Epidemiology of Noninfectious Diseases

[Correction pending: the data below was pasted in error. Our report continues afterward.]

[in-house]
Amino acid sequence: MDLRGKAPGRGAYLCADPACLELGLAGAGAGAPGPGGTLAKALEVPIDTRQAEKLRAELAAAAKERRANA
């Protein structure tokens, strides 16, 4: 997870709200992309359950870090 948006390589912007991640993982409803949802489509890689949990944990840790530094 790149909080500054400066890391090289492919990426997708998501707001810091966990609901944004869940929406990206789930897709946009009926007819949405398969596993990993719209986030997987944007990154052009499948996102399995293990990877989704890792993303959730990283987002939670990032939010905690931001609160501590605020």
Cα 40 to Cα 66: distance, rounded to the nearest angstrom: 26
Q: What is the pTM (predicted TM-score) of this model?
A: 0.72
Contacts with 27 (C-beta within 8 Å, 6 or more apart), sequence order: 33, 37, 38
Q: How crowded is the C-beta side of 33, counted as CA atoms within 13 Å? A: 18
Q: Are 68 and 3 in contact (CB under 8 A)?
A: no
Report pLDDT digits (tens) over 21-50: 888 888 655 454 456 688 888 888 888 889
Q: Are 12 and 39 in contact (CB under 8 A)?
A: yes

From the time of Hippocrates until the 1880s (see §8.2), epidemics had the meaning of diseases falling upon the people and affecting them simultaneously. No restriction to infectious diseases was implied because the idea of contagion was not accepted. In the years 1875 to 1925, many of the epidemics were shown to be caused by living agents, including bacteria, viruses, and parasites. “Epidemic” became identified with infectious diseases. There are, however, noninfectious diseases that appear as epidemics, for example, avitaminoses, environmental poisonings, and lung cancers in miners, and it seems quite proper to use the word epidemiology for their study. As the quotation from Burnet (1941) in §8.6 shows, there would have been great difficulty in the Middle Ages, say, in differentiating between diseases that were infectious in the modern sense and those that were not, even if the diseases had been clearly identifiable. These difficulties have persisted into recent times as is recounted below in the discussion on pellagra.
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